Identification of consistent responding to auditory stimuli by a functionally “deaf” autistic child
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Although the severity of autistic children's unresponsiveness to external stimulation has been frequently reported, little empirical work has been conducted to specifically describe the nature of their unresponsiveness. The child who participated in this experiment was at varying times reported to be deaf, hard of hearing, or functionally deaf; and at other times was reported to have normal hearing. In this experiment, we measured his responses to systematically presented auditory stimuli in order to determine if there was any pattern to his responding. Two types of auditory stimuli were used: (a) white noise, consisting of most of the frequencies within the human range of hearing, and (b) the sound of a candy machine delivering candy. The results showed the following. (1) There was consistent responding to both the white noise and the candy feeder. (2) The thresholds for responding to the white noise were always consistent on a given day, but varied from day to day. (3) Responding to the candy machine stimulus always occurred at sound levels which were well below the threshold for the white noise. These results are discussed in terms of their implications for understanding autism, and in particular in terms of understanding the lack of speech development in mute autistic children.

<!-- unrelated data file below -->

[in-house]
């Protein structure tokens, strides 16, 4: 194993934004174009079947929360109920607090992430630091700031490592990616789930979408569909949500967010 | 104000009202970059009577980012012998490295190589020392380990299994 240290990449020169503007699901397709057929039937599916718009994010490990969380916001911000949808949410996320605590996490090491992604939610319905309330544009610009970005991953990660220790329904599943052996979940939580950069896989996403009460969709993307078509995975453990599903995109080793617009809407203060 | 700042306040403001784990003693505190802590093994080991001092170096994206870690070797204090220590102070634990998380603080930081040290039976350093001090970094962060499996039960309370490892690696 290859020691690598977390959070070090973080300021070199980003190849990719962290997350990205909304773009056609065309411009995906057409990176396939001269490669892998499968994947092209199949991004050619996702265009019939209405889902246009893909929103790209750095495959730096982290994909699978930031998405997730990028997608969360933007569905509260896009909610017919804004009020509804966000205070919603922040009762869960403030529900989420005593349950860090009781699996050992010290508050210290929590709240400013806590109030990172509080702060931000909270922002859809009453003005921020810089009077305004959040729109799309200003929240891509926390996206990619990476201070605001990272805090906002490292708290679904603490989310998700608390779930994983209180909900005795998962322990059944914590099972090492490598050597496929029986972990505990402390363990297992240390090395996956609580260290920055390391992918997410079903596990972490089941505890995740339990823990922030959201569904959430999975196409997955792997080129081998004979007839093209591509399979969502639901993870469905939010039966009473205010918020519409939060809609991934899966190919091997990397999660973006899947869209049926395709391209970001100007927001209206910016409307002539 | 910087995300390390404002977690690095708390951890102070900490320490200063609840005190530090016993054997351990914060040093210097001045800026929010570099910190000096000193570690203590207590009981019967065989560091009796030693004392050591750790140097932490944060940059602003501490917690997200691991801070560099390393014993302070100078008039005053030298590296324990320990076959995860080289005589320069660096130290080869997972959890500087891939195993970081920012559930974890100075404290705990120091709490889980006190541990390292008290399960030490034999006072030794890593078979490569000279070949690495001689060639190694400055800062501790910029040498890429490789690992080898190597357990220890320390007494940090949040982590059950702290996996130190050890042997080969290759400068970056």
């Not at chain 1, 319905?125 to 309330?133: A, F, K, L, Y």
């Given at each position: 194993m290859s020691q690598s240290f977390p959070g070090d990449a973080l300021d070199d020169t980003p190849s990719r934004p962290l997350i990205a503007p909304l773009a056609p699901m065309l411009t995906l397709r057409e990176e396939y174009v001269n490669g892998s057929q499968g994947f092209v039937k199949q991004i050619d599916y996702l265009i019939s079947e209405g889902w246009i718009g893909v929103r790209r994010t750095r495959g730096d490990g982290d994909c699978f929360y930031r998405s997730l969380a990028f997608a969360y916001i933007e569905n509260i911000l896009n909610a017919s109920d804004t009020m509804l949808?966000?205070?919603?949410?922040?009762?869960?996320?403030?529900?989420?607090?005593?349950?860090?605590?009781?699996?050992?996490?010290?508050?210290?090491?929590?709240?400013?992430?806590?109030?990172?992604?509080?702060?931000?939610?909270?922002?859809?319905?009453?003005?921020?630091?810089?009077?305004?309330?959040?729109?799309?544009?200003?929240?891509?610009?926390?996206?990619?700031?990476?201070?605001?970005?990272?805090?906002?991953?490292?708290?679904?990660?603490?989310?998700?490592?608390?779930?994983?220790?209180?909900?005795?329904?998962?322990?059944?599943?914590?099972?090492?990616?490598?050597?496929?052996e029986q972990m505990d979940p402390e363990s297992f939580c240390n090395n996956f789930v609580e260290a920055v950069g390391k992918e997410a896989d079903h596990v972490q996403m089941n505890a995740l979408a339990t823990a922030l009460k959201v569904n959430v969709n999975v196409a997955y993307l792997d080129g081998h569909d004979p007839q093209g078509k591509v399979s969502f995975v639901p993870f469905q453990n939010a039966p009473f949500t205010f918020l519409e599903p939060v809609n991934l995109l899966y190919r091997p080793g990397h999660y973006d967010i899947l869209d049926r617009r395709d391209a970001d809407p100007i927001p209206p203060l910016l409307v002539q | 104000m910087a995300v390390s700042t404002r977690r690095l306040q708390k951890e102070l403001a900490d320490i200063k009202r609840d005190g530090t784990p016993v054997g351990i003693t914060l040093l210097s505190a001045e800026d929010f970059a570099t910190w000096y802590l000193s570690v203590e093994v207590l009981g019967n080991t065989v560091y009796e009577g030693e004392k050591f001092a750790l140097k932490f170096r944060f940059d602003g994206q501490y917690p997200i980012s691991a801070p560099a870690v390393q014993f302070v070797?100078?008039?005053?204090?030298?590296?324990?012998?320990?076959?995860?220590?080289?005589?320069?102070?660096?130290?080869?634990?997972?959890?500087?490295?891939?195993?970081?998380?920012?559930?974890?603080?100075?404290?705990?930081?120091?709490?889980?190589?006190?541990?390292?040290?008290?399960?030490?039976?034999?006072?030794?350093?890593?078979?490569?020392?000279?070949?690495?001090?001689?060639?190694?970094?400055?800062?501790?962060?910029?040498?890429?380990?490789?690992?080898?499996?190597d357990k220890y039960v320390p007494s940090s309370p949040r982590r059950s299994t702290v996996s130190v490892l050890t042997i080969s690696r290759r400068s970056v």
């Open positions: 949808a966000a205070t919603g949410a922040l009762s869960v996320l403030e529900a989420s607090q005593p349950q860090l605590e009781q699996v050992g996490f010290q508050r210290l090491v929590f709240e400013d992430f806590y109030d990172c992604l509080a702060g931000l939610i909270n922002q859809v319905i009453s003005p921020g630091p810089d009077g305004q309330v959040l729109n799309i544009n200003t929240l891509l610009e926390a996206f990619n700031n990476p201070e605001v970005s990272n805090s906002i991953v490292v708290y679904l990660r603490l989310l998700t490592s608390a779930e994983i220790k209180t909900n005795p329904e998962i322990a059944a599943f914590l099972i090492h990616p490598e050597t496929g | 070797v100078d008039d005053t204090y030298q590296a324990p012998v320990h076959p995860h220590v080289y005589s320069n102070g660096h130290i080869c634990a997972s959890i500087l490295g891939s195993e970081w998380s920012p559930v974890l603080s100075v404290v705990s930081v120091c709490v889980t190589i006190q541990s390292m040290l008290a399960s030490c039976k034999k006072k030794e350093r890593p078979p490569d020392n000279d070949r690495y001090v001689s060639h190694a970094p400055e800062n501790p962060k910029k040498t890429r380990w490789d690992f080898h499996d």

KeywordsWhite Noise Mute Auditory Stimulus Empirical Work Autistic Child
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